UMass Boston

Understanding Benefits and Barriers to Managed Retreat

07/24/2023| Kristin Uiterwyk

Moving infrastructure, people, and property out of vulnerable coastal areas is one of many ways in which communities can prepare for and respond to the impacts of sea level rise and climate change. This strategy, sometimes called “managed retreat”, is not widely implemented in Massachusetts; however, as sea levels continue to rise, retreat may become necessary in some areas.

To understand more about the potential for retreat, UHI surveyed municipal staff throughout the Commonwealth’s coastal communities. We wanted to know if people were considering retreat, and if so, the primary benefits and barriers to this approach. Responses showed that, while people believe retreat can reduce flooding and maintenance of built structures and enhance natural resources, implementation is difficult for many reasons including financial costs, legal and regulatory barriers, and emotions associated with retreat. Participants highlighted the need for funding, education, and regulatory tools to advance conversations about moving away from the coast. The open-ended responses to survey questions are included in the report to emphasize the variety of challenges and the types of opportunities participants identified. 

In a webinar led by UHI on the study, attendees noted the need for better terminology for the approach—one that can reframe peoples’ relationships with the coast and portray retreat as something other than “giving up”. Additional comments highlighted topics for future analysis and conversation, including the relationship between equity and retreat, the scale at which planning for retreat could happen, the roles of state and federal governments in facilitating retreat, and ways to engage people in discussions about moving away from vulnerable coastal areas. During the webinar, participants also highlighted several resources that may be of interest to those wanting to know more about retreat. That list, while not comprehensive, is below. 

UHI will continue to conduct research and host conversations about retreat, along with other strategies for addressing coastal impacts of climate change. We welcome feedback on the study and encourage people to reach out to Kristin Uiterwyk ( or Kim Starbuck ( with questions or ideas for future work on the topic. 


Resources & Tools Identified by Webinar Participants:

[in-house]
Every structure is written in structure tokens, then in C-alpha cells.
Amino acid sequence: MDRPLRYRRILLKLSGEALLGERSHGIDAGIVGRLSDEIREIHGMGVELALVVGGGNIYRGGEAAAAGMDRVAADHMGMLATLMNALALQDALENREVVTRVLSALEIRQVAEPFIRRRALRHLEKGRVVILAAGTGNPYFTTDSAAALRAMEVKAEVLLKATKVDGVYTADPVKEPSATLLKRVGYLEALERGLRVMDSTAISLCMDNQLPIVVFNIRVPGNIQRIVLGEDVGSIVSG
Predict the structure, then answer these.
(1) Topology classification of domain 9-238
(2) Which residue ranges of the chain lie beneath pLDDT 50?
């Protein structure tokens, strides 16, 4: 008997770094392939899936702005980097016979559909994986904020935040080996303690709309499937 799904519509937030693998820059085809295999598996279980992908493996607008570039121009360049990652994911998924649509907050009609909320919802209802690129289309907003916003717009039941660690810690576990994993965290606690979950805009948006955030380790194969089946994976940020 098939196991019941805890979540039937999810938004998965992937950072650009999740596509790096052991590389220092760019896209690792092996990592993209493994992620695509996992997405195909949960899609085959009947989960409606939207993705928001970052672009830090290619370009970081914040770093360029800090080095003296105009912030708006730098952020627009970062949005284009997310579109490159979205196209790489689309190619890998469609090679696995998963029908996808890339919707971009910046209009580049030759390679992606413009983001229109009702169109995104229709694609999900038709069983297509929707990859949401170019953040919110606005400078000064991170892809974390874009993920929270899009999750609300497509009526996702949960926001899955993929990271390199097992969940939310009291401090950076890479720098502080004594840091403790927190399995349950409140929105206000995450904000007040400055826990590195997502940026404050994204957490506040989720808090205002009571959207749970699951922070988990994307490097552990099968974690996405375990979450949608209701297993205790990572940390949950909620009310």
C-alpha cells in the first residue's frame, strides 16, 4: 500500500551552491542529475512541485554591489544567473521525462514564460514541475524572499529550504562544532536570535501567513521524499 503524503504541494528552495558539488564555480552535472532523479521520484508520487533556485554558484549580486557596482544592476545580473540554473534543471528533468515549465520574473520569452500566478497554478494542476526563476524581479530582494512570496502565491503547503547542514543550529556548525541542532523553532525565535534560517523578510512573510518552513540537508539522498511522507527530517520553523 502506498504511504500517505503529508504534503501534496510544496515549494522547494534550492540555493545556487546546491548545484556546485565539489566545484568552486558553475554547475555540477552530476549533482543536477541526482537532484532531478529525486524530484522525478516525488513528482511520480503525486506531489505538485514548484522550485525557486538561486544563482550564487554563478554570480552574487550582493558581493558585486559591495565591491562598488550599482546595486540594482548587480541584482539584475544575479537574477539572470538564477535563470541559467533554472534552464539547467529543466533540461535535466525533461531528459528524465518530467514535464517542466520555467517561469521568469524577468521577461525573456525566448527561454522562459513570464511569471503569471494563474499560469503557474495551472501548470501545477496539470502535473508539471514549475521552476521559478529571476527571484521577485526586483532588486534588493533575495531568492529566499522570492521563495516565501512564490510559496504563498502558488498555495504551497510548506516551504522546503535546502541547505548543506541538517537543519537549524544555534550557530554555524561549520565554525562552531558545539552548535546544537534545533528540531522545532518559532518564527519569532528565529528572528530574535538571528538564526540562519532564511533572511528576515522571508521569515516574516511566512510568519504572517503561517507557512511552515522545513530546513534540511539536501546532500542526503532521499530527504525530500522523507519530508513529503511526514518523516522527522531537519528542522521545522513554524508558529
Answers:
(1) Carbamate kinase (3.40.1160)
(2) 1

MVP Action Grant – Long Term Coastal Resiliency Plan – Town of Marshfield: 

Orleans Outer Beach Management Plan, Orleans, MA: 

Plum Island: Exploring the Fiscal and Economic Implications of Sea Level Rise:,increase%20and%20ultimately%20become%20untenable

Nantucket Coastal Resilience Plan: 

Hull Climate Adaptation Roadmap: Hampton Circle Area: 

Managed Retreat: An education and communication tool (Cape Cod Commission): 

Martha’s Vineyard project looking at marsh migration in 30 years and how to have conversations about options within marsh migration zones (contact: Liz Durkee, MV Commission:

CZM web map depicting potential marsh migration areas derived from Sea Level Affecting Marshes Model (SLAMM) data. It is one of several iterations that will be published. Metadata is forthcoming and integration with other tools will come. 

CLF’s Climate Change and the Massachusetts Public Waterfront Act: A report on the future challenges and opportunities facing the Massachusetts Waterways Program: 

CZM's Coastal Resilience Grant Program, which can help with proactive planning and implementation and where you can out more about the projects that have been funded: 

CZM Grant Viewer for information on grant-funded projects: 

An Act Establishing a Massachusetts Flood Risk Protection Program:  

An Act to Create a Commission to Determine the Feasibility of Voluntary Acquisition of Flood Risk Properties and Structures:    

Resolve to Create a Commission to Determine the Feasibility of Voluntary Acquisition of Flood Risk Properties and Structures: 


Columbia University Managed Retreat conferences, including session recordings from past conferences 

Georgetown Climate Center’s Managed Retreat Toolkit: